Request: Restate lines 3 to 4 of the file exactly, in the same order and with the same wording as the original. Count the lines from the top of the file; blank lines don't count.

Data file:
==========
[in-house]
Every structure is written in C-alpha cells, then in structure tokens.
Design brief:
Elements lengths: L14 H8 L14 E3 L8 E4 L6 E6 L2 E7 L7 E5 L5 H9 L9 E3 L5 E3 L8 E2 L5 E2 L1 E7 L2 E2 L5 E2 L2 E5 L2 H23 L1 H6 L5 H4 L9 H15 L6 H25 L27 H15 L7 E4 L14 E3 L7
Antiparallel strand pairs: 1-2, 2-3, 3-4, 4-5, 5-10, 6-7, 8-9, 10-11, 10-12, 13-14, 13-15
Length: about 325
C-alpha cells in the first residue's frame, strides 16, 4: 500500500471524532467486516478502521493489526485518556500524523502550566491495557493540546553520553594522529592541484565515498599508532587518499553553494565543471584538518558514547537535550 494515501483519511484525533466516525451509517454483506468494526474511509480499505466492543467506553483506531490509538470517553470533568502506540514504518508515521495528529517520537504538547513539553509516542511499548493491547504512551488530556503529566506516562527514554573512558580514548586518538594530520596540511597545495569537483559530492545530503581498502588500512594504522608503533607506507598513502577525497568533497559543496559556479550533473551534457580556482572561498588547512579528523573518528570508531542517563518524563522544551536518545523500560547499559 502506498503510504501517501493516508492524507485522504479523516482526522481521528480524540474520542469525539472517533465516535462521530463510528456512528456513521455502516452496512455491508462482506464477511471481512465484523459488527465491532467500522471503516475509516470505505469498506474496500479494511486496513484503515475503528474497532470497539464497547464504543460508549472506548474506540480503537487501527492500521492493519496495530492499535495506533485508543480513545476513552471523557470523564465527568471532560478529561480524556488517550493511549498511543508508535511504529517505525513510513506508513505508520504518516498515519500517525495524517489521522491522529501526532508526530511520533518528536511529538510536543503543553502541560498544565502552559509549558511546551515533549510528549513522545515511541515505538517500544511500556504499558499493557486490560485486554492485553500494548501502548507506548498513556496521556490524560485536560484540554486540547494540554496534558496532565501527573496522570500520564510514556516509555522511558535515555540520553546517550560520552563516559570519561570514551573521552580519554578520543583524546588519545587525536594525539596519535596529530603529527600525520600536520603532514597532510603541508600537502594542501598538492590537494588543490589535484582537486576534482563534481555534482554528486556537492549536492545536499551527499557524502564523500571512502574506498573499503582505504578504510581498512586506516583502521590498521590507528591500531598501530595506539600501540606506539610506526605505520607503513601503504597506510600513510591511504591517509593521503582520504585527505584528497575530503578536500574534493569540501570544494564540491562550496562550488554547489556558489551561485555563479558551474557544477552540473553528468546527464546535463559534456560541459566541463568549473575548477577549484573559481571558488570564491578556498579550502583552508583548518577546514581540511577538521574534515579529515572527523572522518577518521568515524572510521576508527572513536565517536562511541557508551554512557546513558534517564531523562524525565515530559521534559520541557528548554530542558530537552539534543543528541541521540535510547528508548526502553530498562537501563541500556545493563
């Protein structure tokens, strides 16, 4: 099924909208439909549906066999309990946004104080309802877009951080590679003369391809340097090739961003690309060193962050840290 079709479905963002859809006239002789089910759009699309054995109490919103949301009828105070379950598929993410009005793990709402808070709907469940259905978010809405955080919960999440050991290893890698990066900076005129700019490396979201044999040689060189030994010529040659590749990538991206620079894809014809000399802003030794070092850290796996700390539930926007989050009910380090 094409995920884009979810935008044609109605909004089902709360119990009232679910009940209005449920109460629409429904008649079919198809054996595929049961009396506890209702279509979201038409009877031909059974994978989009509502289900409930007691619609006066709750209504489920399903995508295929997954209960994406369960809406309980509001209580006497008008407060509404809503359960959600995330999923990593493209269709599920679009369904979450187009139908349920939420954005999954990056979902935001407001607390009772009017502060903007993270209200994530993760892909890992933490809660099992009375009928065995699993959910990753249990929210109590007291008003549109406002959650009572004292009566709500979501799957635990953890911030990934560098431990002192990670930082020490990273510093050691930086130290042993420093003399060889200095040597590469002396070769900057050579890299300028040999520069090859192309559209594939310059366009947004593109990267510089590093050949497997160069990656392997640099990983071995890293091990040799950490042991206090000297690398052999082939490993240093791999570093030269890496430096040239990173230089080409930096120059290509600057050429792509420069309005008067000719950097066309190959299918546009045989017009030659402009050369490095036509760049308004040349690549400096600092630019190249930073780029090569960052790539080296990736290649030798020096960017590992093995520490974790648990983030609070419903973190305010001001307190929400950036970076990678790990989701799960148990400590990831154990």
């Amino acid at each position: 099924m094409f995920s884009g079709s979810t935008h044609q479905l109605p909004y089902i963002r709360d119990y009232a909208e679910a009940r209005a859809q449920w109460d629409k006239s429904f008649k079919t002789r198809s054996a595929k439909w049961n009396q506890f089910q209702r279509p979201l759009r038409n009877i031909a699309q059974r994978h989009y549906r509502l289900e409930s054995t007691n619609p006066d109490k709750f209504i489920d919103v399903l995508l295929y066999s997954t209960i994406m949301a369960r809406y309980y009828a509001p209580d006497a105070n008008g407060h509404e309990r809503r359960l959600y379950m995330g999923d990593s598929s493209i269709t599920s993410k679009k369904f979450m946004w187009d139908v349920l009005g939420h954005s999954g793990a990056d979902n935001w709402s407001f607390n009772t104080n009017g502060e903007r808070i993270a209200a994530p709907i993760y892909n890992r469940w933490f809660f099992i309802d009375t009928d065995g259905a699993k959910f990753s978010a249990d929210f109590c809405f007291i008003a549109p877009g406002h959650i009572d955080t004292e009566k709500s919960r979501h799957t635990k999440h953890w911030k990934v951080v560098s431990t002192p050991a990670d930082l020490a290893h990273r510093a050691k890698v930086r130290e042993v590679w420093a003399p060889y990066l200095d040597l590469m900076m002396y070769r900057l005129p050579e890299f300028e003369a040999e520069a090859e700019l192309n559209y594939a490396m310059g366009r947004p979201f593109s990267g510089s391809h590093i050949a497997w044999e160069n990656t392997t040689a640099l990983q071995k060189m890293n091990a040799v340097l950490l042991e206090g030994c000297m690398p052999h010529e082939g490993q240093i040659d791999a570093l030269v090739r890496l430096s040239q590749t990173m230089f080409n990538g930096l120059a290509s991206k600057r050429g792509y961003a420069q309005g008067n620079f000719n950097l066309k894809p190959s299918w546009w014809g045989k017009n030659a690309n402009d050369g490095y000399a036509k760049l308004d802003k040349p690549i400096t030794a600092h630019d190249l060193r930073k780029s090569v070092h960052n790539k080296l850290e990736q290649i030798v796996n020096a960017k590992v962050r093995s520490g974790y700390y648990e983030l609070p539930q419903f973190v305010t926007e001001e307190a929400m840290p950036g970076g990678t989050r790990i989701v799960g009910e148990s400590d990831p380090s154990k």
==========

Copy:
Design brief:
Elements lengths: L14 H8 L14 E3 L8 E4 L6 E6 L2 E7 L7 E5 L5 H9 L9 E3 L5 E3 L8 E2 L5 E2 L1 E7 L2 E2 L5 E2 L2 E5 L2 H23 L1 H6 L5 H4 L9 H15 L6 H25 L27 H15 L7 E4 L14 E3 L7